Besides the belief, the architecture of the Lotus temple is genuinely captivating – white-colored, and to me, it looked somewhat like the Opera House in Sydney, Australia.
Further, as with most places to visit in Delhi, it’s surrounded by lush greenery, and thousands of people visit this place in Delhi.
Nearest Metro Station: Kalkaji Metro Station (Violet Line)
7. Gurudwara Bangla Sahib
Gurudwara Bangla Sahib is dedicated to the eighth guru of Sikhs, Guru Har Kisan. It’s easily accessible as it’s situated in the heart of Delhi near Connaught Place.
According to the scholars, the gurudwara was initially a bungalow owned by Raja Jai Singh and known as Jaisinghpura Palace. He donated it to the Sikh community, and later it was converted into a gurudwara which became highly revered after Guru Har Kisan stayed in it.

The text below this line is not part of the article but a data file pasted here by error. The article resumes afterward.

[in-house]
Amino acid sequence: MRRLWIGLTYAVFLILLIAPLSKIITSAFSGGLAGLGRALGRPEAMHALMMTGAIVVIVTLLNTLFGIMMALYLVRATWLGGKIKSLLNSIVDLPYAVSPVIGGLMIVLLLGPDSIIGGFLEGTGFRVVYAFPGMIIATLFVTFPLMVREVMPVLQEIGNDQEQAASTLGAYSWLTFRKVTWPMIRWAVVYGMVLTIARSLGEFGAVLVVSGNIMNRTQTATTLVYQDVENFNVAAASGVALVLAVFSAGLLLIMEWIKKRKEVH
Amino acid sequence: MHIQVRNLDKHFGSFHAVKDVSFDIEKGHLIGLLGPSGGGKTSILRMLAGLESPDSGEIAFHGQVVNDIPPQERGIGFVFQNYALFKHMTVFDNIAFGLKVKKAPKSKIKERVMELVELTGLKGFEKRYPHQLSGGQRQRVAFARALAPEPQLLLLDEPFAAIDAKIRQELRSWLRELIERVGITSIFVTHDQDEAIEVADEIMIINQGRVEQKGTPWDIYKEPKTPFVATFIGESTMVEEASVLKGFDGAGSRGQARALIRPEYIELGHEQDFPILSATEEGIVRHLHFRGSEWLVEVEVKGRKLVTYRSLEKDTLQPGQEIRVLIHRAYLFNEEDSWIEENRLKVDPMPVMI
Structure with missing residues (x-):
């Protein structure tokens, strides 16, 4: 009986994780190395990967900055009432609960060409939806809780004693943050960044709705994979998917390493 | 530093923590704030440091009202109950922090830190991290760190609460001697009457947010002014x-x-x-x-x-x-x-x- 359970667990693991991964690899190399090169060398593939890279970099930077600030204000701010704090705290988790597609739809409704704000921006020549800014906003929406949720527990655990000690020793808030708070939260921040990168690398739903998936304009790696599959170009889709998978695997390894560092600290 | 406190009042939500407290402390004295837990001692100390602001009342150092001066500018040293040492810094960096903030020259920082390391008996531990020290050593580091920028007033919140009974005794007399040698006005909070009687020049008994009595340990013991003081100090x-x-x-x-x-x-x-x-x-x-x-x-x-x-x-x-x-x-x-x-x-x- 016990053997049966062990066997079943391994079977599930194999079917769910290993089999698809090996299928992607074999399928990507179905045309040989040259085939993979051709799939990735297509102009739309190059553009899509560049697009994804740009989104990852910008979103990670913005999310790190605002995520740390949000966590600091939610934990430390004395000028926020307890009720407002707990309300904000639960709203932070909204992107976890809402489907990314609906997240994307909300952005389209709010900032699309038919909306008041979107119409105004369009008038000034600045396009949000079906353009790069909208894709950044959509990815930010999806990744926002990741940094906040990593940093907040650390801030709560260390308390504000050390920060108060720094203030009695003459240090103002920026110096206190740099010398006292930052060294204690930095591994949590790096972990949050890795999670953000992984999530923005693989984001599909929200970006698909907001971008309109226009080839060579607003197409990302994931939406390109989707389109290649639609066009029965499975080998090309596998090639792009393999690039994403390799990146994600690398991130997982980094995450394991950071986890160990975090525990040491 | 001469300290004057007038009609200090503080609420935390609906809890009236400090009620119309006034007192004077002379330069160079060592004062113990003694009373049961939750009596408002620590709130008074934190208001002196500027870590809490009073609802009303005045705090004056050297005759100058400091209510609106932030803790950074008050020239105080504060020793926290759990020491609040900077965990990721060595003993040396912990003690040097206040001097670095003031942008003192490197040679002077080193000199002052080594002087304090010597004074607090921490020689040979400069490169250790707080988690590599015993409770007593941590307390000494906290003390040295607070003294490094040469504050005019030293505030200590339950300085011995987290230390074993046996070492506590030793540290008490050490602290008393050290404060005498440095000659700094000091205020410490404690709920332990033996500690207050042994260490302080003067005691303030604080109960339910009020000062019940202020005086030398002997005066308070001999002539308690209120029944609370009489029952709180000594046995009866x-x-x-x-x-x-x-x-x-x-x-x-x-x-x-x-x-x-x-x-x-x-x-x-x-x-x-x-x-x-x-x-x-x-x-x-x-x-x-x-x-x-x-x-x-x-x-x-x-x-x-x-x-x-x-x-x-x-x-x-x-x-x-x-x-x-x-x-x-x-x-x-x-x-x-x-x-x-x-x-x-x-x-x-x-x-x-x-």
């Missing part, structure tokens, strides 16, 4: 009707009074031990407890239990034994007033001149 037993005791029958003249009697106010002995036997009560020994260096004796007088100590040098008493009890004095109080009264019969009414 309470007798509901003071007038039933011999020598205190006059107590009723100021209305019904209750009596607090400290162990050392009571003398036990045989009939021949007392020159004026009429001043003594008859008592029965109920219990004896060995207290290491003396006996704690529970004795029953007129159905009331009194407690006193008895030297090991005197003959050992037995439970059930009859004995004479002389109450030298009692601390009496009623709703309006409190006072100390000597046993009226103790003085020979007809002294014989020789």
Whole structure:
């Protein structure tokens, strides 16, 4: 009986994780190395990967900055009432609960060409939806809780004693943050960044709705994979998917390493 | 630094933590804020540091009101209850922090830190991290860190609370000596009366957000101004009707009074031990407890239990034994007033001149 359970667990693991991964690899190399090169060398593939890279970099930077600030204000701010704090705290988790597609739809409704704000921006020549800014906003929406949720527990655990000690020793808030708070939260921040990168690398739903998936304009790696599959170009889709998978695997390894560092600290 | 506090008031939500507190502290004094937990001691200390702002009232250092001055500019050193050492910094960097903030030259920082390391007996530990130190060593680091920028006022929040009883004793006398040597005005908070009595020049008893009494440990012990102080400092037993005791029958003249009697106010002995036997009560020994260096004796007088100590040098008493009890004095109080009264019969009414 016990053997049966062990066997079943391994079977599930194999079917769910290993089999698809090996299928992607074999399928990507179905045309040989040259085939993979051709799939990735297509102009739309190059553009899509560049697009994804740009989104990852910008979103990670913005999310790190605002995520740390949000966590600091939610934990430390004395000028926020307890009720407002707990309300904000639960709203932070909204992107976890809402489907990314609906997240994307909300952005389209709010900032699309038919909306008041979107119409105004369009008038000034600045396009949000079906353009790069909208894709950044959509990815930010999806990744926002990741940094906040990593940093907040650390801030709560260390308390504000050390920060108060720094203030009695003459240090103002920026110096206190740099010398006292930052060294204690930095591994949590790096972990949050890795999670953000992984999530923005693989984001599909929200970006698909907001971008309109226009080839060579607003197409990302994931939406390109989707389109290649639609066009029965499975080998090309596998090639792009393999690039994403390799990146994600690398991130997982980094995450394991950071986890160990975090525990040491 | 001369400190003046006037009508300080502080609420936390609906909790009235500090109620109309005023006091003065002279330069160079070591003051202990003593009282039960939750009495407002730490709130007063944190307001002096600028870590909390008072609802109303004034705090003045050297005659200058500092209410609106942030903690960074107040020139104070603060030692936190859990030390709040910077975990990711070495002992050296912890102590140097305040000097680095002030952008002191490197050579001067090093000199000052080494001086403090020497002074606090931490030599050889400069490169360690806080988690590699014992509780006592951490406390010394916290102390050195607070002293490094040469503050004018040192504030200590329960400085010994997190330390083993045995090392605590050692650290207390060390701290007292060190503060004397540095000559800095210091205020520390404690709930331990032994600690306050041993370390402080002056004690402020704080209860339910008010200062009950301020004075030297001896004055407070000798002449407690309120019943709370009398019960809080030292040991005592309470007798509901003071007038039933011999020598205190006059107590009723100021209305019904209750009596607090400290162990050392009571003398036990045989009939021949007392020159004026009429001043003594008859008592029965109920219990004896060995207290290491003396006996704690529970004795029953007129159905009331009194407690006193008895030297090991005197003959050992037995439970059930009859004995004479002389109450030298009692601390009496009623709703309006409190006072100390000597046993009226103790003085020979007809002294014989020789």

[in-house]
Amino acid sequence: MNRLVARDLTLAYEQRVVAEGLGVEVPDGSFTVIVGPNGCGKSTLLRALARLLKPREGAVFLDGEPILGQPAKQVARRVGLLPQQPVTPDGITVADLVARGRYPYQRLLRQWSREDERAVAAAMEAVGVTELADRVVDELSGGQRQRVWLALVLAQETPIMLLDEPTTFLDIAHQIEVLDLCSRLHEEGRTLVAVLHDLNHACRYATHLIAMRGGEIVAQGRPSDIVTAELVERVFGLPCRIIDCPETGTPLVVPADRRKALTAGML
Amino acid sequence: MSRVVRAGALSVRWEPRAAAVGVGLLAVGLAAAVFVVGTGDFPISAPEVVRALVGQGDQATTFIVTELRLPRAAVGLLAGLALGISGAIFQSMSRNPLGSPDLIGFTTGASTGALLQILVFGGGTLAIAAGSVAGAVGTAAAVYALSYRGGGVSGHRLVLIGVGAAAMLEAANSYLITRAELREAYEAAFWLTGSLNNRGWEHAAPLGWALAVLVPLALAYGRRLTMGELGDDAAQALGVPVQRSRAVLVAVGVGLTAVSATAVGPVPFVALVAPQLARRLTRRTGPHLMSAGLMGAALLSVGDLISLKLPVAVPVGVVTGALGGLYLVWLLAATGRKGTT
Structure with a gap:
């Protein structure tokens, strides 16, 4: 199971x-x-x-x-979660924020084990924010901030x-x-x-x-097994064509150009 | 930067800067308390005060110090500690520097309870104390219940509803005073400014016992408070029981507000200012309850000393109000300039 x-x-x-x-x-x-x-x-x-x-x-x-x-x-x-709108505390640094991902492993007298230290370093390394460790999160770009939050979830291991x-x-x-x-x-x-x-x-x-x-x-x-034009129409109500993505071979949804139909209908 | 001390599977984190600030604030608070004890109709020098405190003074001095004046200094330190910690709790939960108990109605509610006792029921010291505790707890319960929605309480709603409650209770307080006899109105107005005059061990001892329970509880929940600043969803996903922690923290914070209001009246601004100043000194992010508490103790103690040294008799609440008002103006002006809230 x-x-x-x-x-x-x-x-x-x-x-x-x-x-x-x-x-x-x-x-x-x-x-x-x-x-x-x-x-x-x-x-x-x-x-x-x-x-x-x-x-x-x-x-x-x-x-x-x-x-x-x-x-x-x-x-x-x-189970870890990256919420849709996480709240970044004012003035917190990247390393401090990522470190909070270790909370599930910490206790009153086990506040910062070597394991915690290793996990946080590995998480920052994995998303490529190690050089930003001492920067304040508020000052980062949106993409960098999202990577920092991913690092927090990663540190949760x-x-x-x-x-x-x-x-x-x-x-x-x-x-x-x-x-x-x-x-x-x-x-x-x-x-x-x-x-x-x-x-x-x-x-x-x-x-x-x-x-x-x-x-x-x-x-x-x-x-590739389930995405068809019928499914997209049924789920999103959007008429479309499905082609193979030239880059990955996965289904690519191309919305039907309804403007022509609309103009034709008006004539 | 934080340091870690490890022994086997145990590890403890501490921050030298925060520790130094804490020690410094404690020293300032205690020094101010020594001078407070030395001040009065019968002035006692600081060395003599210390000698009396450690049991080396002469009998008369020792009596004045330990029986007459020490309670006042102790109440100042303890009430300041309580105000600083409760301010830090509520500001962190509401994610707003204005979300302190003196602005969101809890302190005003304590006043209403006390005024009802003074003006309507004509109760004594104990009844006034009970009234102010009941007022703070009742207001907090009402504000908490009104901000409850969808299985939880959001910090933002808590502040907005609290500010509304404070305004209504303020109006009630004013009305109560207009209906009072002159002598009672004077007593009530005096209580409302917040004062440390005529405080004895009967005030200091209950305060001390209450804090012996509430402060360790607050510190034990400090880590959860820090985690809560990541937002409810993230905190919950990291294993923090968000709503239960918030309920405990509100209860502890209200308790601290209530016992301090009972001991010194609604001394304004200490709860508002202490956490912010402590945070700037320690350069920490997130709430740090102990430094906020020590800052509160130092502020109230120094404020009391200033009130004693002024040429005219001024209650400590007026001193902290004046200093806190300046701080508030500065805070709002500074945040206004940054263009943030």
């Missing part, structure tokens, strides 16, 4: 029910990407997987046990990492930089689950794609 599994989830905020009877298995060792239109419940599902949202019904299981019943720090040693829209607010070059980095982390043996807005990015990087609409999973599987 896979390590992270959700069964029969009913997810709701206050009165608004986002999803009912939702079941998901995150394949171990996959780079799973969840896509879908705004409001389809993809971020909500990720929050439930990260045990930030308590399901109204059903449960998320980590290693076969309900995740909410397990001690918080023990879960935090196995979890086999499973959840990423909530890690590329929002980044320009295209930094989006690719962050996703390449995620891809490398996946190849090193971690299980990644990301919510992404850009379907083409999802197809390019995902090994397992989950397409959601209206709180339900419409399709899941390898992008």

You should definitely have prasad in the langar hall. You’ll find a Sarovar (a holy river), the yellow color dome of gurudwara, kitchen, langar hall, and cloakrooms.
Outside the gurudwara, you can have special hot tea and pakoras to savor your tongue and buy some souvenirs from the shops around.
Nearest Metro Station: Patel Chowk (Yellow Line)
8. Agrasen’s Baoli
A hidden gem in the heart of Delhi, Agrasen’s Baoli is an ASI-protected Baoli. It is 60 meters long and 15 meters wide. The place is haunted, but one will fall in love with its beauty and rustic charm. Built as other Baolis or step-wells in Gujarat and Rajasthan, it has 108 steps towards a well that is now dry.